If you’re shopping for olive oil, extra-virgin is the highest quality you can get. It’s also a healthy choice with high levels of monounsaturated fatty acids, antioxidants and polyphenols. But are all extra-virgin olive oils created equal? We tested 17 from New Zealand, Australia and Europe to find out.
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Extra-virgin olive oil is produced without heat or chemical processing. The International Olive Council (IOC) says the oil must meet chemical criteria and be free from defects when assessed by a sensory panel trained to IOC standards.
We carried out 3 chemical tests and a sensory analysis of the oils. The oils that passed the chemical and sensory tests were lined up in a blind tasting by 3 IOC-accredited tasters. The tasters rated the oils out of 100 and were looking for well-balanced oils with good aromas and lots of fruity flavours.
No tested oil was worthy of a gold medal. But the 2 Aussie oils in our line-up achieved silver medal status (75% to 84%). Red Island First Cold Pressed (78%) had “a peppery finish” with artichoke, herb, cashew and lemon notes. Cobram Estate First Cold Pressed Classic Flavour (76%) had “a delicate fruity nose” with citrus and mint notes. At $1.40 and $1.60 per 100ml they’re also good value.
Eight oils achieved a bronze medal (65% to 74%) including Harvest Special Selection (73%) – the cheapest oil per 100ml in our test ($1.05). Two Kiwi oils – Kapiti Frantoio/Leccino and Divinity Premium Frantoio – made a good showing, both scoring 70%. The Kapiti oil had cinnamon and nutmeg notes and the tasters liked Divinity’s “chilli/onion finish”.
Select, Borges, La Espanola, The Olive Lady and Pams were our other bronze medal oils. The Select, La Espanola and The Olive Lady oils had no “pressed-on” or “harvested” date (although they were within their best-before) and we may have struck a newer batch of these oils. But there’s no way of knowing from the bottle. We’d like to see pressed-on or harvest dates for all extra-virgin olive oil.
Some oils didn’t perform as well as they did in our previous tastings. The Village Press Frantoio was one of our top performers in 2008, but the tasters thought the oil we tasted this year was lacking in fruit. On the other hand, the Kapiti brand rated well this year but was rated unacceptable by our panel in our 2008 tasting. Oil can be affected by transport and storage, an issue for producers to follow up with retailers.
Four oils weren’t included in our tasting because they failed either the sensory or chemical tests.
Olivani and Ceres Organics oils failed our sensory test. The Ceres Organics oil had a “rancid” defect, which means the oil had started to oxidise and break down. Olivani had a “fusty/muddy sediment” defect – the olives may have started to ferment before they were pressed. Both were well within their best-before date of mid-2018, but neither oil had a “pressed-on” date.
The Olivani oil was in a clear bottle. Packing oil in clear bottles and exposing it to artificial light for long periods, such as the lighting in supermarkets, results in oil deteriorating faster.
Ceres Organics provided us with certification its oil met the sensory and chemical specification for extra-virgin olive oil when it was shipped. It is investigating the matter with its supplier.
Two Kiwi oils – Moutere Grove and 100% Kiwi New Zealand – had 1 (out of 3) UV absorption reading slightly higher than tolerated by the IOC standard. This indicates the oil may have degraded during storage.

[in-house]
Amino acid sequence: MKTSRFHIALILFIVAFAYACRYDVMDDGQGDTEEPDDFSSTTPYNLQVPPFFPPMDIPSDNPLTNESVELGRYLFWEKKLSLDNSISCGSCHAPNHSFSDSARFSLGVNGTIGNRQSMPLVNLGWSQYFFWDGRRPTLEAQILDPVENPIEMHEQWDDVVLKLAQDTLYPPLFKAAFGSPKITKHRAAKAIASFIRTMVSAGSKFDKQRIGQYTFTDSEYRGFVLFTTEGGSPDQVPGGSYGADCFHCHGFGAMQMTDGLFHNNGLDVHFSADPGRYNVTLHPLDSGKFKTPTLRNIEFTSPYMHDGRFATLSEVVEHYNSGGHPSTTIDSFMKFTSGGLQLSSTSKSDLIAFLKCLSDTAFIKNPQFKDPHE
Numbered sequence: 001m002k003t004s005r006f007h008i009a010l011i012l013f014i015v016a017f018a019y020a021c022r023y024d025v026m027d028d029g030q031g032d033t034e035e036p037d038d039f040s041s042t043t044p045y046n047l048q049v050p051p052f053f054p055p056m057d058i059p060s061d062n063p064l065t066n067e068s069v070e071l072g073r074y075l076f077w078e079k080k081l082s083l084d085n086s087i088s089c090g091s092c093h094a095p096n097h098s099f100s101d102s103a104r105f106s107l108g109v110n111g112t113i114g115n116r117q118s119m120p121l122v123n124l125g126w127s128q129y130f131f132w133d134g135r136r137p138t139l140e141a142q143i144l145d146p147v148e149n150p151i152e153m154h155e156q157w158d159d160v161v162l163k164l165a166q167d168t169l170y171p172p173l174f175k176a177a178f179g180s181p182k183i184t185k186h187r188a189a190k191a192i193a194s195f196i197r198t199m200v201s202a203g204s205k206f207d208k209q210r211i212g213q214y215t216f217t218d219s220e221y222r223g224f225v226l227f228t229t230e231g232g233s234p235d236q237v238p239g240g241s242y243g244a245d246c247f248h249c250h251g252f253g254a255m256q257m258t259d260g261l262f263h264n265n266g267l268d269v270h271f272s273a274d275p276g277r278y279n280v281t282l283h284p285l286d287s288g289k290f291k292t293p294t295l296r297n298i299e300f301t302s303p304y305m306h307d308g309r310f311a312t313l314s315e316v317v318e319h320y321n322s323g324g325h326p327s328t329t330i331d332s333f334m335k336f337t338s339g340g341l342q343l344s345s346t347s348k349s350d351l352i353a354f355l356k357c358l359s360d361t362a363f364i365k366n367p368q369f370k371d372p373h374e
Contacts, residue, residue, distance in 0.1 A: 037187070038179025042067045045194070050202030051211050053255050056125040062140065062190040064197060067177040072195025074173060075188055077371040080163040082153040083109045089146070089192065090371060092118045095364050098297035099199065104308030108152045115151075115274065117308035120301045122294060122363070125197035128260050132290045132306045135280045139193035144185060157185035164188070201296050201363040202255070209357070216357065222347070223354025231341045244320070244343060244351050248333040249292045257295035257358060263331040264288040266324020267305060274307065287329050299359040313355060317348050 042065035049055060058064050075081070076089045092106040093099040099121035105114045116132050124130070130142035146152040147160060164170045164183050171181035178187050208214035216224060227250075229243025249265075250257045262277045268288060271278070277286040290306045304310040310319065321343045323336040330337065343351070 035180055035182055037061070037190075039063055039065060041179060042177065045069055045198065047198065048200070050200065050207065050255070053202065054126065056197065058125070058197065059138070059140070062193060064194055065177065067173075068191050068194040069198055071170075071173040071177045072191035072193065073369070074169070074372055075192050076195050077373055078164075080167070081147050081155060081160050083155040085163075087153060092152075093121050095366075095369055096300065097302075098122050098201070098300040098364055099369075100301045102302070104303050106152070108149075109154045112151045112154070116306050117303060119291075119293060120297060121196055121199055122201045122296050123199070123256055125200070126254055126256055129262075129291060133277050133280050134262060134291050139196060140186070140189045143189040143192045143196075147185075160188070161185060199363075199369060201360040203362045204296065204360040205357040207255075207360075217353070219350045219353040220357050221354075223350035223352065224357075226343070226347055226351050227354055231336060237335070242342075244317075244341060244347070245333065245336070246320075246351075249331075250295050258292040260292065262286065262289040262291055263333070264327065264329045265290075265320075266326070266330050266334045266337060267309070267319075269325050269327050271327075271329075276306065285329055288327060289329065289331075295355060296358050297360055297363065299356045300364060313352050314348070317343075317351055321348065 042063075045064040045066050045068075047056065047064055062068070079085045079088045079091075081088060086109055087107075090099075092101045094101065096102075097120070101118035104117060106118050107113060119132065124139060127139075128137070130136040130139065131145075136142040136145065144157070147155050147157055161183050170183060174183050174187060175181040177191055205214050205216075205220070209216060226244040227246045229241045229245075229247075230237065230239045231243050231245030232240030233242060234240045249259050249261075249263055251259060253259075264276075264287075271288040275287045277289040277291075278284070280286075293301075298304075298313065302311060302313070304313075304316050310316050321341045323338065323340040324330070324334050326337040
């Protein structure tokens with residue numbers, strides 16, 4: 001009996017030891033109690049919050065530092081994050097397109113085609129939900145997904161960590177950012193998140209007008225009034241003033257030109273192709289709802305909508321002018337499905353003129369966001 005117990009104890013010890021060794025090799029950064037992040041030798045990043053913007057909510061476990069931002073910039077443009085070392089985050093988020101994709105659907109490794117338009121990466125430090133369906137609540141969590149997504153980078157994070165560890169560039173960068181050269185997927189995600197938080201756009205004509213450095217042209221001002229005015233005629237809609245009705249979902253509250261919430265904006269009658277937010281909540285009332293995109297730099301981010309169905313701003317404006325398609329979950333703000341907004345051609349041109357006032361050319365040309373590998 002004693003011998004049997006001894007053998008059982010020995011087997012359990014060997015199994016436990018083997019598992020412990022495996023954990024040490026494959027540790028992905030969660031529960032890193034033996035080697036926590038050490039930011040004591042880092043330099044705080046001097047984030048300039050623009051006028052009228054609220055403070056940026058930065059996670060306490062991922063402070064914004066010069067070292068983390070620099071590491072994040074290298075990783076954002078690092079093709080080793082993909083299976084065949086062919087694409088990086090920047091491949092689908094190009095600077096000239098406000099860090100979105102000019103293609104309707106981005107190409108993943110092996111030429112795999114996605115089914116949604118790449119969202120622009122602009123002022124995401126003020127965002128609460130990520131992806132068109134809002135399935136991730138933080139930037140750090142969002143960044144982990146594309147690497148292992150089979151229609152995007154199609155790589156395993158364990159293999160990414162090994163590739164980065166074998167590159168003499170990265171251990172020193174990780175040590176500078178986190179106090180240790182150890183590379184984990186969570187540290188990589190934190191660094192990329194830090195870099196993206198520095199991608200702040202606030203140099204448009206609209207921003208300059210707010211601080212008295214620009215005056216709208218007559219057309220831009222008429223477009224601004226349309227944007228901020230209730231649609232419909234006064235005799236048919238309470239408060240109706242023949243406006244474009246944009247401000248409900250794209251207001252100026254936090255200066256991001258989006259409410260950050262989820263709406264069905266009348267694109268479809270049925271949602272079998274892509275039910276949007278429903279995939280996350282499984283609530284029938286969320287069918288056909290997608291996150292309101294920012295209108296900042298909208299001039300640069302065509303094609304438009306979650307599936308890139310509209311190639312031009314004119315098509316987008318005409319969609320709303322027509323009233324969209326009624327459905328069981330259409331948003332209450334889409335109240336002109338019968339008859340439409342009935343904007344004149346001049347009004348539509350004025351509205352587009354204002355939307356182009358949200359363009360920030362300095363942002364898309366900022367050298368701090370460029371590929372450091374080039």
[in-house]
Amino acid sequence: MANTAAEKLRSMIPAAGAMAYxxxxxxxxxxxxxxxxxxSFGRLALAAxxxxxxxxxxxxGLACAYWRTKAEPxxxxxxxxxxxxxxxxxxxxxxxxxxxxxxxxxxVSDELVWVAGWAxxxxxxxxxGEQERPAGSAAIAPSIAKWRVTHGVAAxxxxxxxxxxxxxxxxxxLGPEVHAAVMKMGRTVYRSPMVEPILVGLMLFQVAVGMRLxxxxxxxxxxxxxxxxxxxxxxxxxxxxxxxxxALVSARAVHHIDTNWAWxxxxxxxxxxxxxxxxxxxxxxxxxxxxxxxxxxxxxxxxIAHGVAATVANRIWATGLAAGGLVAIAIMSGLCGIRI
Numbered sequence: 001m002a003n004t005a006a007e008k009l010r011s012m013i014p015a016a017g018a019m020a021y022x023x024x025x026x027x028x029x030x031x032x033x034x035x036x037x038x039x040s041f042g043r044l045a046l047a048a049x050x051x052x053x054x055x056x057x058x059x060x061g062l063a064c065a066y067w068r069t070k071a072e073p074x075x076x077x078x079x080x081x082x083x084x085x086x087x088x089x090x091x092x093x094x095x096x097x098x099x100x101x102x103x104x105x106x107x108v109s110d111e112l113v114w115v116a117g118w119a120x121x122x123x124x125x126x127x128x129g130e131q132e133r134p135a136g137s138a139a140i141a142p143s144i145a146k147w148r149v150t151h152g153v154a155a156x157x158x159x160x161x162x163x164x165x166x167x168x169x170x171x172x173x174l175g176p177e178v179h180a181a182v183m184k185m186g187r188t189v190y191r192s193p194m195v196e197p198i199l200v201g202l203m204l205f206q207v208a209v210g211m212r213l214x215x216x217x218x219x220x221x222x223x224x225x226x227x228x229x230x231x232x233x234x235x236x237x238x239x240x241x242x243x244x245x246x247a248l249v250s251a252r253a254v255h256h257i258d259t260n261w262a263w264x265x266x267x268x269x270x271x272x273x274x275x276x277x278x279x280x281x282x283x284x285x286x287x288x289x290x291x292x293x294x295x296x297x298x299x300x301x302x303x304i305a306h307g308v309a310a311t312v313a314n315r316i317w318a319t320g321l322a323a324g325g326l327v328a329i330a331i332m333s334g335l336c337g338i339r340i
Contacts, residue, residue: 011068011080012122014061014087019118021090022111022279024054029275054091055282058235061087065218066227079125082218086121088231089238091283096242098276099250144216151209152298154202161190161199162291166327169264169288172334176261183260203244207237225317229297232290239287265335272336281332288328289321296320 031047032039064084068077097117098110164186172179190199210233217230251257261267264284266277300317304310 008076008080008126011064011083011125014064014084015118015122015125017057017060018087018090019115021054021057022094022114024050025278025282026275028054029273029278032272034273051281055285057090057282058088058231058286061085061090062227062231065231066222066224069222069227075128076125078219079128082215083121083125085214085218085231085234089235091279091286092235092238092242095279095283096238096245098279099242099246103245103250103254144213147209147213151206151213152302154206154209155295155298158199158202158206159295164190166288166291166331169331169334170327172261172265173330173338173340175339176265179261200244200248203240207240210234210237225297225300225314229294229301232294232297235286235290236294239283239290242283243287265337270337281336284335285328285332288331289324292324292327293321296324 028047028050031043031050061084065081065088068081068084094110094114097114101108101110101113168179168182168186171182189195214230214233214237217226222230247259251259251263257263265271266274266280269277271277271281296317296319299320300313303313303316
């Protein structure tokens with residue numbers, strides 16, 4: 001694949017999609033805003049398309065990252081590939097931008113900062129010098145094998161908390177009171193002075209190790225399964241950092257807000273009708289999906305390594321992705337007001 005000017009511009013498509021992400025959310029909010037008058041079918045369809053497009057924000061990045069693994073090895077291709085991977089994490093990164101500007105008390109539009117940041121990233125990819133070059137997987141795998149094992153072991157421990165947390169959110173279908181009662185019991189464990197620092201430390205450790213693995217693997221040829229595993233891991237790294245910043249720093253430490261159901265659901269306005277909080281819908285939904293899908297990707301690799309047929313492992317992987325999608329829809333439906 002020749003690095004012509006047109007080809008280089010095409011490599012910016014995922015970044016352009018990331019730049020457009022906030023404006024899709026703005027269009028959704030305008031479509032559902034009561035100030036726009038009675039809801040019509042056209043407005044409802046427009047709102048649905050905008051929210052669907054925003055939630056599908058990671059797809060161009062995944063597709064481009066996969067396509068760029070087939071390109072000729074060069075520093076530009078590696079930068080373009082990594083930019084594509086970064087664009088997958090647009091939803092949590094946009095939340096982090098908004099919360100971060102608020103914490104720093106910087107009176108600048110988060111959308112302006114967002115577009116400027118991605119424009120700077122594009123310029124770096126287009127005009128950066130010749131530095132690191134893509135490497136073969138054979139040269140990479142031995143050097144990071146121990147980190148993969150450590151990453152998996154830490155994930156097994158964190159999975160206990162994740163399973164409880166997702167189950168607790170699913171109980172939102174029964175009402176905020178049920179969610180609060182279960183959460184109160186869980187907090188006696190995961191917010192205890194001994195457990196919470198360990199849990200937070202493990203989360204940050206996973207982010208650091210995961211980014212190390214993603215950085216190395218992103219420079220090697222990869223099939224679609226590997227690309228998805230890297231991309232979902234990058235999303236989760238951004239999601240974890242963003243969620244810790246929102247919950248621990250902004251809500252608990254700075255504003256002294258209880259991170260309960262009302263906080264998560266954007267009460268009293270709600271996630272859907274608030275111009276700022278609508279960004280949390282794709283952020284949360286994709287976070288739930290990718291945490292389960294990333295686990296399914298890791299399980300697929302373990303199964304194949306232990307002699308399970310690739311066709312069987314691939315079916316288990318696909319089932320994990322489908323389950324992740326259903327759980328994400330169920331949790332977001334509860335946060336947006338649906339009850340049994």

These oils also had the highest peroxide values (PV) in our test – Moutere Grove had a PV of 15 and 100% Kiwi New Zealand a PV of 16. When an olive is picked, it has a PV of almost zero. A good olive oil pressed promptly under good conditions will end up in the bottle with a PV of 2 to 3. However, there’s still oxygen in the bottle and, when oil reacts with oxygen, it begins to deteriorate. The PV will increase in the bottle, with the peroxides breaking down to give nasty-smelling and tasting compounds.
Olives New Zealand (the New Zealand olive oil industry body) believes the IOC’s PV maximum of 20 is too high. To qualify for Olives New Zealand certification, an olive oil must have a PV value of less than 15.
Buying extra-virgin olive oil from Italy? You need to check the labels carefully – it may not be made from Italian olives at all.
Spain is the biggest producer of olives and olive oil. Italy is the second-biggest producer. However, because the Italians are also one of the biggest consumers of olive oil, Italy doesn’t produce enough olives to meet its own demand. Much of the Spanish crop is exported to Italy, where it’s repackaged for sale as Italian olive oil. Other countries, such as Greece and Turkey, also export olives to Italy.
Lupi says it’s “imported from Italy”. This gives the impression the olives were grown in Italy, but it may mean the oil was only bottled there as the fine print on the back says it’s “blended and bottled in Italy from Mediterranean olive oils”. Gusto says it’s “packed in Italy” but the back label says it’s from European Union origin.
If you’re looking for olive oil made with Italian olives look for the label “Product of Italy” or “Produced and bottled in Italy”.
Red Island Extra Virgin Olive Oil First Cold Pressed
Cobram Estate Extra Virgin Olive Oil First Cold Pressed Classic Flavour
Harvest Extra Virgin Olive Oil Special Selection
Kapiti Extra Virgin Olive Oil Frantoio/Leccino
Divinity Premium Extra Virgin Olive Oil Frantoio
Buy the freshest oil possible. Look for a “pressed-on” or harvest date, as best-before dates aren’t necessarily a good indicator of quality.
Heat and light affect oil quality. Don’t buy clear-bottled oils, especially ones that have been displayed in a shop window or under fluorescent light.